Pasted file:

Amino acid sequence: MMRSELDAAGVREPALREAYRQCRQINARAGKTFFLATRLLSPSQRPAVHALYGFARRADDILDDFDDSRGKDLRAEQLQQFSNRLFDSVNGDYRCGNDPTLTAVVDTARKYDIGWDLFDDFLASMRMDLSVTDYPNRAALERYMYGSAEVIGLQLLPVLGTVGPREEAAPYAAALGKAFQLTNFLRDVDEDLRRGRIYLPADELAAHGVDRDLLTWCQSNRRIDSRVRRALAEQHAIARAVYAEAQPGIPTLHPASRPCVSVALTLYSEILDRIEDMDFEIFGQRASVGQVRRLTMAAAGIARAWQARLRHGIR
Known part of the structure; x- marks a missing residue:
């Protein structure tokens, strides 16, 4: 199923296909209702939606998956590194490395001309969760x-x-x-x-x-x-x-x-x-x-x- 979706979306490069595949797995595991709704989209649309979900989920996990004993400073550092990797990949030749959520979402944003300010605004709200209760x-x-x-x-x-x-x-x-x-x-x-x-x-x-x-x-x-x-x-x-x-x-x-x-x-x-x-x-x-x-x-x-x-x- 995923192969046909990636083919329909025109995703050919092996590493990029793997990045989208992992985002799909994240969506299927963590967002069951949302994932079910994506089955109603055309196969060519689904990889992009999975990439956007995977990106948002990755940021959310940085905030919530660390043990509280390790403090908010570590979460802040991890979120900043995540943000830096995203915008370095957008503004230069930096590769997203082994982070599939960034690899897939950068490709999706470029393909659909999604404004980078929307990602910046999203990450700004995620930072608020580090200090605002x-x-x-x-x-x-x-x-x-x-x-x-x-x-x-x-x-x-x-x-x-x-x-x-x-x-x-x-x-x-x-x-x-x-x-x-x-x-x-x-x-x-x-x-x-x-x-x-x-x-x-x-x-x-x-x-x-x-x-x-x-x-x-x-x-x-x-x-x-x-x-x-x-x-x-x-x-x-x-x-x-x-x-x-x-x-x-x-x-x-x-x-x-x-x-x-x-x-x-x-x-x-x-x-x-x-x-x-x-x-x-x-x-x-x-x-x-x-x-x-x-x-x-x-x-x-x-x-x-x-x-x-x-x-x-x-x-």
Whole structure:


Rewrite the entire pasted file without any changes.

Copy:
Amino acid sequence: MMRSELDAAGVREPALREAYRQCRQINARAGKTFFLATRLLSPSQRPAVHALYGFARRADDILDDFDDSRGKDLRAEQLQQFSNRLFDSVNGDYRCGNDPTLTAVVDTARKYDIGWDLFDDFLASMRMDLSVTDYPNRAALERYMYGSAEVIGLQLLPVLGTVGPREEAAPYAAALGKAFQLTNFLRDVDEDLRRGRIYLPADELAAHGVDRDLLTWCQSNRRIDSRVRRALAEQHAIARAVYAEAQPGIPTLHPASRPCVSVALTLYSEILDRIEDMDFEIFGQRASVGQVRRLTMAAAGIARAWQARLRHGIR
Known part of the structure; x- marks a missing residue:
């Protein structure tokens, strides 16, 4: 199923296909209702939606998956590194490395001309969760x-x-x-x-x-x-x-x-x-x-x- 979706979306490069595949797995595991709704989209649309979900989920996990004993400073550092990797990949030749959520979402944003300010605004709200209760x-x-x-x-x-x-x-x-x-x-x-x-x-x-x-x-x-x-x-x-x-x-x-x-x-x-x-x-x-x-x-x-x-x- 995923192969046909990636083919329909025109995703050919092996590493990029793997990045989208992992985002799909994240969506299927963590967002069951949302994932079910994506089955109603055309196969060519689904990889992009999975990439956007995977990106948002990755940021959310940085905030919530660390043990509280390790403090908010570590979460802040991890979120900043995540943000830096995203915008370095957008503004230069930096590769997203082994982070599939960034690899897939950068490709999706470029393909659909999604404004980078929307990602910046999203990450700004995620930072608020580090200090605002x-x-x-x-x-x-x-x-x-x-x-x-x-x-x-x-x-x-x-x-x-x-x-x-x-x-x-x-x-x-x-x-x-x-x-x-x-x-x-x-x-x-x-x-x-x-x-x-x-x-x-x-x-x-x-x-x-x-x-x-x-x-x-x-x-x-x-x-x-x-x-x-x-x-x-x-x-x-x-x-x-x-x-x-x-x-x-x-x-x-x-x-x-x-x-x-x-x-x-x-x-x-x-x-x-x-x-x-x-x-x-x-x-x-x-x-x-x-x-x-x-x-x-x-x-x-x-x-x-x-x-x-x-x-x-x-x-």
Whole structure: